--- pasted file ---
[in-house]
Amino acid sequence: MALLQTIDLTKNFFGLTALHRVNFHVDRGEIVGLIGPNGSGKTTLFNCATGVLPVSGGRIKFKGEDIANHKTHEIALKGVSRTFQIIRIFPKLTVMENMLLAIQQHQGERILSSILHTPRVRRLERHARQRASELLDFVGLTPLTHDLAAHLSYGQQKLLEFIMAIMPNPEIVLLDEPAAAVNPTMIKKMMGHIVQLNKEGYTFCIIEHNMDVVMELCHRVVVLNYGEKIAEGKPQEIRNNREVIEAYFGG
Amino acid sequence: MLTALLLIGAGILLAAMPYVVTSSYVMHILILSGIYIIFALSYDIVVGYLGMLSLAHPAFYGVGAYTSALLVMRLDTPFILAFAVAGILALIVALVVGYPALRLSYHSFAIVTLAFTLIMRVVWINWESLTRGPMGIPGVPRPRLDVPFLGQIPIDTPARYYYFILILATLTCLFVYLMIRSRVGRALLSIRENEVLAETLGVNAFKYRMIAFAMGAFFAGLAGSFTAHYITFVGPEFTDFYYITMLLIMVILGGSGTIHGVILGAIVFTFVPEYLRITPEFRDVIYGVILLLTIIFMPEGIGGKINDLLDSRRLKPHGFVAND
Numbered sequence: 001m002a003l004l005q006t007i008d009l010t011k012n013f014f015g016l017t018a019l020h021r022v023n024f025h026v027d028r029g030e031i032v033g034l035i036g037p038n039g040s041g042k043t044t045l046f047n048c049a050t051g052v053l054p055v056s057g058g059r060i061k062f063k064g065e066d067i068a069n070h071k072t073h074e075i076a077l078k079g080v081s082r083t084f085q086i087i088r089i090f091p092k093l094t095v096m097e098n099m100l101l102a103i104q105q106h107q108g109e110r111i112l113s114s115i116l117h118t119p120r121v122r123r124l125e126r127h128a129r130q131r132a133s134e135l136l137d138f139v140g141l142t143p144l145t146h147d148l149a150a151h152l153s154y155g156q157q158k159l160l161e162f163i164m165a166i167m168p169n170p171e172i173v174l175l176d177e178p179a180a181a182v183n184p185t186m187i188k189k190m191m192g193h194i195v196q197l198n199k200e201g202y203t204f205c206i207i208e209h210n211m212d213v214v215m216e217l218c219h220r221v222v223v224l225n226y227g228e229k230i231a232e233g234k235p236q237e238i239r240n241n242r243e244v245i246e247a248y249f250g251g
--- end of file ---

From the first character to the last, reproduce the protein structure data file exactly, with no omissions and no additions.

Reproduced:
[in-house]
Amino acid sequence: MALLQTIDLTKNFFGLTALHRVNFHVDRGEIVGLIGPNGSGKTTLFNCATGVLPVSGGRIKFKGEDIANHKTHEIALKGVSRTFQIIRIFPKLTVMENMLLAIQQHQGERILSSILHTPRVRRLERHARQRASELLDFVGLTPLTHDLAAHLSYGQQKLLEFIMAIMPNPEIVLLDEPAAAVNPTMIKKMMGHIVQLNKEGYTFCIIEHNMDVVMELCHRVVVLNYGEKIAEGKPQEIRNNREVIEAYFGG
Amino acid sequence: MLTALLLIGAGILLAAMPYVVTSSYVMHILILSGIYIIFALSYDIVVGYLGMLSLAHPAFYGVGAYTSALLVMRLDTPFILAFAVAGILALIVALVVGYPALRLSYHSFAIVTLAFTLIMRVVWINWESLTRGPMGIPGVPRPRLDVPFLGQIPIDTPARYYYFILILATLTCLFVYLMIRSRVGRALLSIRENEVLAETLGVNAFKYRMIAFAMGAFFAGLAGSFTAHYITFVGPEFTDFYYITMLLIMVILGGSGTIHGVILGAIVFTFVPEYLRITPEFRDVIYGVILLLTIIFMPEGIGGKINDLLDSRRLKPHGFVAND
Numbered sequence: 001m002a003l004l005q006t007i008d009l010t011k012n013f014f015g016l017t018a019l020h021r022v023n024f025h026v027d028r029g030e031i032v033g034l035i036g037p038n039g040s041g042k043t044t045l046f047n048c049a050t051g052v053l054p055v056s057g058g059r060i061k062f063k064g065e066d067i068a069n070h071k072t073h074e075i076a077l078k079g080v081s082r083t084f085q086i087i088r089i090f091p092k093l094t095v096m097e098n099m100l101l102a103i104q105q106h107q108g109e110r111i112l113s114s115i116l117h118t119p120r121v122r123r124l125e126r127h128a129r130q131r132a133s134e135l136l137d138f139v140g141l142t143p144l145t146h147d148l149a150a151h152l153s154y155g156q157q158k159l160l161e162f163i164m165a166i167m168p169n170p171e172i173v174l175l176d177e178p179a180a181a182v183n184p185t186m187i188k189k190m191m192g193h194i195v196q197l198n199k200e201g202y203t204f205c206i207i208e209h210n211m212d213v214v215m216e217l218c219h220r221v222v223v224l225n226y227g228e229k230i231a232e233g234k235p236q237e238i239r240n241n242r243e244v245i246e247a248y249f250g251g